Memories of World War II

Seen through the eyes of a Dutch teenager

 

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About the book

Memories of World War II

Seen through the eyes of a Dutch teenager

A house with a story. At the age of eighty-nine, my father, still very fit, came to Spain to celebrate my sixtieth birthday. Whilst we had our breakfast at a seafront cafe, memories started to surface. Memories about his own wartime experiences in the city of Deventer.

The past does not let go of every ‘secret’, but this book gives you an impression of the life of my father and his family during the Second World War in The Netherlands. My father’s story is similar to those of many of his generation that will never be heard. I have decided to document these wartime memories in a collection of short stories. 

For ‘Memories of World War II’ I mainly describe the events in and near the house where my father’s family lived at the time. I am writing the stories that my dad shared with me in his own words, so in the first person. This way he becomes the narrator of his own memories.

At some point we look each other straight in the eye. I am feeling mischievous and wave at him. “Weg Dort, weg dort”, he shouts angrily, indicating that I have to move away from the window, but I don’t listen to him. It all happens in a split second as he points his gun at me and fires. I am totally freaked out. Fortunately, the bullet has missed me and hits the roof gutter. Wim shouts “Get away from that window!”

About the writer

Renate van Nijen is a Dutch artist and writer. She lives in La Herradura in southern Spain. Renate has held many solo exhibitions of her paintings at galleries and she has participated in group exhibitions and art festivals in the Netherlands, Italy, France and Spain. She has written a total of eight books, seven of which have already been published. Renate usually writes her books in English, and Memories of World War II is book number seven (als available in Dutch – ‘De Jongens van de Diepenveenseweg’). The book cover was also created by Renate. If you want to stay informed about Renate’s art and books, you can subscribe to her newsletter, or visit her website.

www.renatevannijen.com

"He is 18 years old and he was shot in the back. The wound just won't heal. He can barely walk and lies on his bed all day, in the front room on the first floor. Every day I keep him company for a couple of hours and my endless chatter always makes him laugh."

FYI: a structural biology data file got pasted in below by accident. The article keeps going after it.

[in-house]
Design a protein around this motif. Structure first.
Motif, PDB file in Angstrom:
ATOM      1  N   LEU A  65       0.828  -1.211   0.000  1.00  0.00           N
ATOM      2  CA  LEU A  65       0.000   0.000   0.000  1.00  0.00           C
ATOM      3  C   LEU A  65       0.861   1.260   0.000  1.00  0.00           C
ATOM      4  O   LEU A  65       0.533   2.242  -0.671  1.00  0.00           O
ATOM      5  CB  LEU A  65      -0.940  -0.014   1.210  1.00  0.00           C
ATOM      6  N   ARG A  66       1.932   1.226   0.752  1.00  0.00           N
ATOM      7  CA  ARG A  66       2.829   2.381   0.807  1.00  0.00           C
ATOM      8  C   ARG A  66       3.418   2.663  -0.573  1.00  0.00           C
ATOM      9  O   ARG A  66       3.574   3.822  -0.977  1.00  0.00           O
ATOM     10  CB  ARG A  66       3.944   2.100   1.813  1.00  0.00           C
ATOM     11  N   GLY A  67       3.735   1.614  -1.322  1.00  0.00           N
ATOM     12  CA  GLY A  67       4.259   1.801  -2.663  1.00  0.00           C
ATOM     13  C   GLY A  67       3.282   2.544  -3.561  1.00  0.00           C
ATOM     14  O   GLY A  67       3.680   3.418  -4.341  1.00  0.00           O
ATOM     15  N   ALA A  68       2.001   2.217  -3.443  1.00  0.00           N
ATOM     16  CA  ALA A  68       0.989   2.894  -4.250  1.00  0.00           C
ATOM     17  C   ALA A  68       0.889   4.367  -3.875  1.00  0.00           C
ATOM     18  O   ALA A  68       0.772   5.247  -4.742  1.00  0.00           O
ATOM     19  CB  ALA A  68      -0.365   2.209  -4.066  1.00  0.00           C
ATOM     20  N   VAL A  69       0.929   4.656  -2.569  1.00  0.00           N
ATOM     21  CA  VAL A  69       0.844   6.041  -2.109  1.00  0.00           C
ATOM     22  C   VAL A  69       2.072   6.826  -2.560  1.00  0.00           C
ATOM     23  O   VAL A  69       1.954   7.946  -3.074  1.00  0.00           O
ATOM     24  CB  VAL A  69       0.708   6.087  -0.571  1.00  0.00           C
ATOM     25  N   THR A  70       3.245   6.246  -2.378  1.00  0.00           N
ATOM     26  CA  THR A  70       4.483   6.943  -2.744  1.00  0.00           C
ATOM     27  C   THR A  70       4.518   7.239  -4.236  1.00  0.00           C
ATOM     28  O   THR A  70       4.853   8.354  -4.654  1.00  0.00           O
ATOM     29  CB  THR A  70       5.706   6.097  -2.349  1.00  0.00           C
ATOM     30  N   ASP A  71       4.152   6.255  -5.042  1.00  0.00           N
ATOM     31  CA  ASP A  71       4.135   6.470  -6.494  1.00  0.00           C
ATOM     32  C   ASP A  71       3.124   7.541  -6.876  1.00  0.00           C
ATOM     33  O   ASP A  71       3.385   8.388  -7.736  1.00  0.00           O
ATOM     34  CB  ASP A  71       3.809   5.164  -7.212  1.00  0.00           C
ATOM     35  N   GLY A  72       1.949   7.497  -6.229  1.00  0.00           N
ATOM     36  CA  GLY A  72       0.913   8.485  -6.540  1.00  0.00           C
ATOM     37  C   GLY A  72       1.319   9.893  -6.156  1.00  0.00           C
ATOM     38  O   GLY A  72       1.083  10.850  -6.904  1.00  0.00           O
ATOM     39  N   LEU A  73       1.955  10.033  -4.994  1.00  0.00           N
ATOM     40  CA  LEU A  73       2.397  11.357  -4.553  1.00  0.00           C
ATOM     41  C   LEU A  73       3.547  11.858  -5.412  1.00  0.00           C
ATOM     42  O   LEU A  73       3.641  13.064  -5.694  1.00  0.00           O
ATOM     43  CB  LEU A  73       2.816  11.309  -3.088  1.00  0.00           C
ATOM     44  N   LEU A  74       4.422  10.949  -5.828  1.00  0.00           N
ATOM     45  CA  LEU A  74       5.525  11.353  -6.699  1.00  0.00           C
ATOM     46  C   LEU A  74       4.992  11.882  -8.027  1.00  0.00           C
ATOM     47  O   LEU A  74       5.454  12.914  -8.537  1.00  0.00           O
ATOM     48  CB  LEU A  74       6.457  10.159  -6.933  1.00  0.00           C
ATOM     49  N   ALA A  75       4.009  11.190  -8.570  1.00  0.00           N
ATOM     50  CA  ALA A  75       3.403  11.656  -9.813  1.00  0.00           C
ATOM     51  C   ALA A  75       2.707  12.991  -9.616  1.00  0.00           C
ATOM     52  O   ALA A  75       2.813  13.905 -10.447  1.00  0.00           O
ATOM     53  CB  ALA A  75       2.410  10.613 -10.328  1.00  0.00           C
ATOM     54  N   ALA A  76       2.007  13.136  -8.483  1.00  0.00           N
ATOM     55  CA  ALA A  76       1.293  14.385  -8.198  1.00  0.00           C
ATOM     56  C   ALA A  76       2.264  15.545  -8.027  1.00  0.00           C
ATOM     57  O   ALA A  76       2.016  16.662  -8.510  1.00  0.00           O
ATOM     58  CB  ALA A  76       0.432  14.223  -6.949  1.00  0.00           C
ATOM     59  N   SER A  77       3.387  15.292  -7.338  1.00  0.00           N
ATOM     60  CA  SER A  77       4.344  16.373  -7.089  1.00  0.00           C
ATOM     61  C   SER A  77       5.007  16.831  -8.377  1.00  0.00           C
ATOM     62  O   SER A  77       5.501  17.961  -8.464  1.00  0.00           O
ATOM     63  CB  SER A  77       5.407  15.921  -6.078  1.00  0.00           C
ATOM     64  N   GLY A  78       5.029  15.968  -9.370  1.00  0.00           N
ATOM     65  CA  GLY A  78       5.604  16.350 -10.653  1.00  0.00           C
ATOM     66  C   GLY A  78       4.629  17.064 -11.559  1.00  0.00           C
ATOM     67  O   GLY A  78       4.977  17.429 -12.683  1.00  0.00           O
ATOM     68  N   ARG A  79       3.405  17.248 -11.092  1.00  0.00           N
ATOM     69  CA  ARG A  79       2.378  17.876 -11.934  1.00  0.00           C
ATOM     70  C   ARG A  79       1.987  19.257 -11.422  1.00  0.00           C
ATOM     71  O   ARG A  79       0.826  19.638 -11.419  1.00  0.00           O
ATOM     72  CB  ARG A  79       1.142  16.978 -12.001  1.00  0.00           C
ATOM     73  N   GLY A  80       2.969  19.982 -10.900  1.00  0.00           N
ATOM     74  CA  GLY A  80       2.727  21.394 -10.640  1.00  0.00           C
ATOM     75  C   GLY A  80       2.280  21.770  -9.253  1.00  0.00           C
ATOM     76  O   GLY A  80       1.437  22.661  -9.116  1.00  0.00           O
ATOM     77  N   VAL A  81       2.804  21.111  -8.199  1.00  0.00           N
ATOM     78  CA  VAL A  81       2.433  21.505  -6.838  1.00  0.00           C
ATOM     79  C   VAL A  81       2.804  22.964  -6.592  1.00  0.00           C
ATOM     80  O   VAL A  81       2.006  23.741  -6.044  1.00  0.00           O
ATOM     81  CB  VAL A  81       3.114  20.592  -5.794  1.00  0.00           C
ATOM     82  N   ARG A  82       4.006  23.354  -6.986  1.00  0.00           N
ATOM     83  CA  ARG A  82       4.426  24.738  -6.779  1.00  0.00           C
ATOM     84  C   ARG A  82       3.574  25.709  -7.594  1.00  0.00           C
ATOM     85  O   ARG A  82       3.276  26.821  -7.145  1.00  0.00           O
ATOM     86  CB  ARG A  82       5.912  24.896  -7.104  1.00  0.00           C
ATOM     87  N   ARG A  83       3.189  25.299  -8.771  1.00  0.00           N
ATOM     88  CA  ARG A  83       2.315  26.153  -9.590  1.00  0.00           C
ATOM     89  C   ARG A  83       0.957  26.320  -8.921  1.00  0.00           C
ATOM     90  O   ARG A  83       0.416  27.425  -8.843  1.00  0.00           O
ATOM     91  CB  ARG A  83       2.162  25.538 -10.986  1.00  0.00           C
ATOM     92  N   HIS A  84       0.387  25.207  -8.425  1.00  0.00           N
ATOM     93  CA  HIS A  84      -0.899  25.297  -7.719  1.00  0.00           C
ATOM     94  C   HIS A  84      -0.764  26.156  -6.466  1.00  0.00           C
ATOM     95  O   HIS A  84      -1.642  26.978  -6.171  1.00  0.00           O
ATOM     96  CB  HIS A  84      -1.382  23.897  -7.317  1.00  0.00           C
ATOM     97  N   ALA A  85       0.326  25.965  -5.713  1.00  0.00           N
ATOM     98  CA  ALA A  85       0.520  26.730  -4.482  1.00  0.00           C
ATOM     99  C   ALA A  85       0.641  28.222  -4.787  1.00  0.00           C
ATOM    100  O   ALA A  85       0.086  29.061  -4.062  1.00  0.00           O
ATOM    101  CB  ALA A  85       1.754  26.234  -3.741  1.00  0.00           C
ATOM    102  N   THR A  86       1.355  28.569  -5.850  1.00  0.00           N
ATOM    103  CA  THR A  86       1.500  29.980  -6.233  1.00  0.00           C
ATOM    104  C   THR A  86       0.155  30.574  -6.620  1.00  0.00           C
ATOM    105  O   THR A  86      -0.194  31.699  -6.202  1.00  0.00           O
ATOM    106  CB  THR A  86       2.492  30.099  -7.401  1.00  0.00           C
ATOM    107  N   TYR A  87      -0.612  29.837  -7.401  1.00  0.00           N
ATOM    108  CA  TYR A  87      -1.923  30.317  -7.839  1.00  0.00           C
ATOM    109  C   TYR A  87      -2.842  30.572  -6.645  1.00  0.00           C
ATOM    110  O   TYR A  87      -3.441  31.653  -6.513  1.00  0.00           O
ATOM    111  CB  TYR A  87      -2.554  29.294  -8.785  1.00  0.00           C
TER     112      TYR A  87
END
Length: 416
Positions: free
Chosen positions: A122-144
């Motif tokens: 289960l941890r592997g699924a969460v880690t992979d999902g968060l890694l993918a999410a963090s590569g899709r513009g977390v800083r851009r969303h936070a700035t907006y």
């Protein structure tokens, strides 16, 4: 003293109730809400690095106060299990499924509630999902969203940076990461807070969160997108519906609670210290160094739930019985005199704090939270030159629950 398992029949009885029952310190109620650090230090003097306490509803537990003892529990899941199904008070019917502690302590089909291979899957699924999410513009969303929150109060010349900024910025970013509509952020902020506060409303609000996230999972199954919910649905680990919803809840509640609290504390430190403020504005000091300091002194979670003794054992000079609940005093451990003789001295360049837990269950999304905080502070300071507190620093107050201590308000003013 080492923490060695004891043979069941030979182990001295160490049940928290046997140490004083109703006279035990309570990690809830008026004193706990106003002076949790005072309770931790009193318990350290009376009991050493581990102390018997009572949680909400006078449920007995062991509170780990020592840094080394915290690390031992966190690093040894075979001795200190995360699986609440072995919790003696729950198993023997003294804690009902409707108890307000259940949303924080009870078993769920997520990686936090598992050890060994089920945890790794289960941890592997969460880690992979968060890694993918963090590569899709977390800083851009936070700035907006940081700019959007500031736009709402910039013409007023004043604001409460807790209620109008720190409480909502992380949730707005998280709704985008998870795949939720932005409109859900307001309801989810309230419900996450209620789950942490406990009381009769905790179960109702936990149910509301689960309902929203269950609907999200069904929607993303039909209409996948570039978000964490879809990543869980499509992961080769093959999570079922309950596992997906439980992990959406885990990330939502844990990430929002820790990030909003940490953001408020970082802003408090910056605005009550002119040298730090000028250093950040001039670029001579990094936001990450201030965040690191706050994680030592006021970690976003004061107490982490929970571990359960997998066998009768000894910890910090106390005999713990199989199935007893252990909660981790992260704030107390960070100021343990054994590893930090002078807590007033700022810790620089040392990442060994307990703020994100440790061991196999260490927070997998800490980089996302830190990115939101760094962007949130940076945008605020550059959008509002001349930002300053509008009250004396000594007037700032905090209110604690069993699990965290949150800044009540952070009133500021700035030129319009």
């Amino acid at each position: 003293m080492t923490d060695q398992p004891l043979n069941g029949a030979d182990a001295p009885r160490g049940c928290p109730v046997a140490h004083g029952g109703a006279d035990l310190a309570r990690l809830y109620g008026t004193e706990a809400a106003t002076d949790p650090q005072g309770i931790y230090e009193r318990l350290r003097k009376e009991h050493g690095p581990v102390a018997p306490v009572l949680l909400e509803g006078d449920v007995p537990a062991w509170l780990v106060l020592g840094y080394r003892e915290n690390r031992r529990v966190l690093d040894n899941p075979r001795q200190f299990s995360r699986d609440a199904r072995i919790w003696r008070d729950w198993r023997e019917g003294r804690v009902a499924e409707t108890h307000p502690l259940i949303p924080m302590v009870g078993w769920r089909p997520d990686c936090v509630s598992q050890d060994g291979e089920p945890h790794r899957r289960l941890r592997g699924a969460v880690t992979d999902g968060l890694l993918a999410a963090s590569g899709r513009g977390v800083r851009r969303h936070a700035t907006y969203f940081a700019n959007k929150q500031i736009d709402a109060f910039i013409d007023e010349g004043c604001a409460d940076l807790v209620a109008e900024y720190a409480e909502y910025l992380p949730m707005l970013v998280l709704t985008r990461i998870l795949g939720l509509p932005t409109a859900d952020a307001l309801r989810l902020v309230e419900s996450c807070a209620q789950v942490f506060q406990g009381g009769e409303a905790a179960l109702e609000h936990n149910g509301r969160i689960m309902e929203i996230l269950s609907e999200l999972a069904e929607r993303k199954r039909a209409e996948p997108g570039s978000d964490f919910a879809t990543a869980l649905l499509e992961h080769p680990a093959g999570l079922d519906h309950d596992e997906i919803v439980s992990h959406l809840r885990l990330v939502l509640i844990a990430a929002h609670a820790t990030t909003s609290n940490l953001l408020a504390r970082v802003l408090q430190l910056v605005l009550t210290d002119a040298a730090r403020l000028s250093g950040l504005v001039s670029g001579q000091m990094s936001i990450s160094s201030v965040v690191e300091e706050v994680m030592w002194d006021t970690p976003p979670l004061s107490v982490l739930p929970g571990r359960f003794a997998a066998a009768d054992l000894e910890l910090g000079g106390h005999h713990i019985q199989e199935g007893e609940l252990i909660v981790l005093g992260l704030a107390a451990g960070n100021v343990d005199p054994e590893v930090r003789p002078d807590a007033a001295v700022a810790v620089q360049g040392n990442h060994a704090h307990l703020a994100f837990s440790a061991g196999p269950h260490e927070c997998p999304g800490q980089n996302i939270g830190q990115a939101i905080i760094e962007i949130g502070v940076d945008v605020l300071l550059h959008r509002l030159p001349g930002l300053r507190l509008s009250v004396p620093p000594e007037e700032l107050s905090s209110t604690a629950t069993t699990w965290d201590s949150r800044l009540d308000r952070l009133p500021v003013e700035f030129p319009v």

Derk Willem van Nijen
04-02-1927 / 25-07-1947 Deventer

Diepenveenseweg May 2019

It’s a warm sunny day in May as my brother Fokke and I drive down the Diepenveenseweg. The Deventer train station is on the left and on the right we see the property, so familiar to us. It was our family home during the war years, 1940-1945. We park the car opposite the house and I notice that it hasn’t changed much at all. Only the door has been replaced. There used to be a dark green door with an oval ornamental iron frame in the middle. Now there is a dark grey door with two windows. When we cross the street, we first walk to the gate on the right-hand side. We look at the outside brick wall of the house. The advertising on the wall has been restored to its old glory by the current owners of the building. It says ‘Fa. N.J. Gerritsma, Groothandel in Chocolade en Suikerwaren’ (chocolate and confectionary wholesale). In between the letters you can still see an even older text ‘Groothandel in chocolade, cacao, biscuits, suikerwerken, drops’ (chocolate, cocoa, biscuits, confectionery, licorice wholesale’).

I remember that there also used to be advertising on the front of the house, just above the windows of the attic. Attached to the roof gutter, there were two billboards with the words ‘Tjoklat & Kwatta’ (old Dutch chocolate brands) written in large letters.

Marion and Joost, the owners, have invited us to come and have a look at their house. It feels very strange and yet special to be here again after so many years. I feel a mix of curiosity, joy and fear because of the memories which are bubbling up in my head when I look at the large window on the left, which used to be the front room.”